Rhetorical Analysis of Civil Disobedience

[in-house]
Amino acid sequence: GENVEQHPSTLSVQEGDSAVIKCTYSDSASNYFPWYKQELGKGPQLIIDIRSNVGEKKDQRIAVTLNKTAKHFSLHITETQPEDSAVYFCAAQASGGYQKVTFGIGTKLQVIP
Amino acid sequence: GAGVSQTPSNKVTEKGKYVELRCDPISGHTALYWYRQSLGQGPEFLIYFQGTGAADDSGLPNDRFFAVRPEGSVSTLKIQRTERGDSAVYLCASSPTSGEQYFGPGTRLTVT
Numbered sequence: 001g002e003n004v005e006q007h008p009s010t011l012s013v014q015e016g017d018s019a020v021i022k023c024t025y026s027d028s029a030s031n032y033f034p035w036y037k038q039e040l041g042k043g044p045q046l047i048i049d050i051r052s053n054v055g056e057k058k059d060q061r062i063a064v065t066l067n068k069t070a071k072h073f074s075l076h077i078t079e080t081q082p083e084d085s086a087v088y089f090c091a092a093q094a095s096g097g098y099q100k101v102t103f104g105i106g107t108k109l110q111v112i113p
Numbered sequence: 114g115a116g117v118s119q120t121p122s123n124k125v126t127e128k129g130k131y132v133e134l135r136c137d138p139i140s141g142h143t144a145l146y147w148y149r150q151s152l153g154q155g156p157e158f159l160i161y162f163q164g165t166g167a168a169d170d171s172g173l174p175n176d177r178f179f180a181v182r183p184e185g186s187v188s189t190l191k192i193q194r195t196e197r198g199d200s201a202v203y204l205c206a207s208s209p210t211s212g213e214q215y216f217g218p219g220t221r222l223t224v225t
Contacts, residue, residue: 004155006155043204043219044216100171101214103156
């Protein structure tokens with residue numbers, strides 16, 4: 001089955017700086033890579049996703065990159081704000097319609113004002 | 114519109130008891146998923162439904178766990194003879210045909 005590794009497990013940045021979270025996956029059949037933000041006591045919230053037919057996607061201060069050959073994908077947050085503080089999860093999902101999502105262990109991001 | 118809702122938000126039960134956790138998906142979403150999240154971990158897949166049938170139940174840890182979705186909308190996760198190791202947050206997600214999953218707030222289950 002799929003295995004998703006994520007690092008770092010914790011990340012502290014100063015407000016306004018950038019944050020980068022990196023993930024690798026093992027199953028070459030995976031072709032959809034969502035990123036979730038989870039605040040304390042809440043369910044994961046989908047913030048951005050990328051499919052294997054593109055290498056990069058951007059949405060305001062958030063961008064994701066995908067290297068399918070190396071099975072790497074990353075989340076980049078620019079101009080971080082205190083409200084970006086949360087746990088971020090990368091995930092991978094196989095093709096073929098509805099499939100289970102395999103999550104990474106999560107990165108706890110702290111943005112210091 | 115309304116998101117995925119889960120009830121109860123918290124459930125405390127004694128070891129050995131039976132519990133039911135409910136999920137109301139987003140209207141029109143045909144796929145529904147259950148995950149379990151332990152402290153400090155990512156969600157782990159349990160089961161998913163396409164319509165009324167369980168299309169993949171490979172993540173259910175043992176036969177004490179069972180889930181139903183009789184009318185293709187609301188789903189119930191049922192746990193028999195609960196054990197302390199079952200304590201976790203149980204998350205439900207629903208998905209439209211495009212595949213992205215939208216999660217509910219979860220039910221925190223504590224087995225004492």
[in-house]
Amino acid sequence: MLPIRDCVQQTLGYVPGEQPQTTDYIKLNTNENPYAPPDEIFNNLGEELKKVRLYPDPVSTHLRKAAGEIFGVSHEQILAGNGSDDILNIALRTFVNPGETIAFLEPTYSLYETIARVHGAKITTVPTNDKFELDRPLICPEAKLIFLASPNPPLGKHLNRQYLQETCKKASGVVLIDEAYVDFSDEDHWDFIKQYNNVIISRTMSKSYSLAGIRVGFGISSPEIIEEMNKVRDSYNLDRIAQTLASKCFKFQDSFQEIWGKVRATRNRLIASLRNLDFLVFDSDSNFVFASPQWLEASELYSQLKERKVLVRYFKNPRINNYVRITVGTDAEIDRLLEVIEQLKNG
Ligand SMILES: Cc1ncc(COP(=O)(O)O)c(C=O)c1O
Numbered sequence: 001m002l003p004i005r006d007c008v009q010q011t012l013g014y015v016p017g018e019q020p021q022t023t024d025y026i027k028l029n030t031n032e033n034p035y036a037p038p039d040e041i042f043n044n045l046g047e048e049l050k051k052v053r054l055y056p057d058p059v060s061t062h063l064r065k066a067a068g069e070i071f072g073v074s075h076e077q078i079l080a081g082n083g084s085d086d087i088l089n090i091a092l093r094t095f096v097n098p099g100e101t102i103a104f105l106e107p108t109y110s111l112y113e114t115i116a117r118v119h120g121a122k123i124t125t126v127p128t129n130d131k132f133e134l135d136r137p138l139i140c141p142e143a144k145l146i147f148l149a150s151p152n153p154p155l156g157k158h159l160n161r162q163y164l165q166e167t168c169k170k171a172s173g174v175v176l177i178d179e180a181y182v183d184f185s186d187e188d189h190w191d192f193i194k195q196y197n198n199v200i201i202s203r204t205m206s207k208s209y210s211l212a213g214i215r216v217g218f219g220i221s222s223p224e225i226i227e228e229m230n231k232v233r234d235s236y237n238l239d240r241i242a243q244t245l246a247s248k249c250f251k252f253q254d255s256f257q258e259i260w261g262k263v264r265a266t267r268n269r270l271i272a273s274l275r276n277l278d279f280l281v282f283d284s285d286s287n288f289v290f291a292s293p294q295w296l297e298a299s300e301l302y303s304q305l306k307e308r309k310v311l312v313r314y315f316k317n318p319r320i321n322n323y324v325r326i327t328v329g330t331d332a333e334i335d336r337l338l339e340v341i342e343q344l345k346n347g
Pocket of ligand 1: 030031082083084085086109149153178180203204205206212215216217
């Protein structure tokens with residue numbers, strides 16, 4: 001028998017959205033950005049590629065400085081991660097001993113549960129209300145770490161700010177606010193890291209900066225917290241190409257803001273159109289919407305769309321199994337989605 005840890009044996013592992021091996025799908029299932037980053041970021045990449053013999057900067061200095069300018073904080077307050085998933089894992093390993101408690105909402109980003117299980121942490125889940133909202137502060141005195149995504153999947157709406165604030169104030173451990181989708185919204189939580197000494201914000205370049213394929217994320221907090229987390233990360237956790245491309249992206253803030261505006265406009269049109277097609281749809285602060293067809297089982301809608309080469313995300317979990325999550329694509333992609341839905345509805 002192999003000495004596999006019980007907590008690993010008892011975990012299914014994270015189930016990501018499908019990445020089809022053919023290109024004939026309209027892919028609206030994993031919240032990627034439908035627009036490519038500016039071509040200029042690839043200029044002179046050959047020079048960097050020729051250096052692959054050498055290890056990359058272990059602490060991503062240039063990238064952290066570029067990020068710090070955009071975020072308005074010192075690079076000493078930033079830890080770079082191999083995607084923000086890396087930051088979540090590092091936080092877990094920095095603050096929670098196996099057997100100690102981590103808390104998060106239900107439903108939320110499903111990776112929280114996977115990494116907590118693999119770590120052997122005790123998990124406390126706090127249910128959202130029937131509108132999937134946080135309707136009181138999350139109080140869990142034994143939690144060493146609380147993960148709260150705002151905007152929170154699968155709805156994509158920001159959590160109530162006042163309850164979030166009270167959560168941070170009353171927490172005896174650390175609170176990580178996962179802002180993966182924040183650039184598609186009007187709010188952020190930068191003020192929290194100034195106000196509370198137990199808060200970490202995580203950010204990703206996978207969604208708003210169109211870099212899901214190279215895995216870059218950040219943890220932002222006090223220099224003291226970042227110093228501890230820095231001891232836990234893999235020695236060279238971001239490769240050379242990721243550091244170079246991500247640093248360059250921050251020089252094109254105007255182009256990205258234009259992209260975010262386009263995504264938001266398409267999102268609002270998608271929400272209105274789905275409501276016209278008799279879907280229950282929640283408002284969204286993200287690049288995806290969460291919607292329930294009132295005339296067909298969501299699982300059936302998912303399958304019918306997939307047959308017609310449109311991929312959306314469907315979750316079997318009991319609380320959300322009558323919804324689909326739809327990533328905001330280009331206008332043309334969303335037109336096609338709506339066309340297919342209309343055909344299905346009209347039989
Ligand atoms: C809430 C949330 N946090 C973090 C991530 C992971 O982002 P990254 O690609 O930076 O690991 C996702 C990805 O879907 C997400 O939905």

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Rhetorical Analysis Essay- “Civil Disobedience” The public should not obey and respect a faulty, harmful or malfunctioned government. The essay “Civil disobedience” by Henry David Thoreau alerts the public of that idea and expounds upon it in a variety of ways. With his authorative, rebellious and mainly condescending tone, compelling point of view and diction he inspires the readers to espouse his distaste for the U.S. government and their unjust treatment of the American public. Why follow and associate yourself with a stronger, more powerful institution then yourself that is impure, less than perfect and abuses their powers? With that idea implanted into the audience’s mind, Thoreau proceeds to exercise diction while fully getting his point across. “..But at once a better government” demonstrates not just a show of authority but an immediate request for the government to be improved. Additionally, Thoreau uses many (maybe excessive) rhetorical questions beginning with “Why”, when highlighting folly methods used by the government and when exposing the unfairness of the U.S. government’s laws. Notably, Thoreau utilizes the rhetorical strategy mixed metaphors to instruct the people how to disobey the government in the sentence “Let your life be a counter friction to stop the machine.” A very significant aspect that needs to be taken into account while examining Thoreau’s essay is the time in which he created it- 1849. The Mexican War is taking place which Thoreau utilizes to demonstrate how the government “abuses” their powers. Boldly but surprisingly, Thoreau does not just criticize the government, he criticizes the people too, with the fact that they have a tendency of not taking initiative to rebel against the government immediately and individually. He says “Men generally, under such a government as this, think that they ought to wait until they

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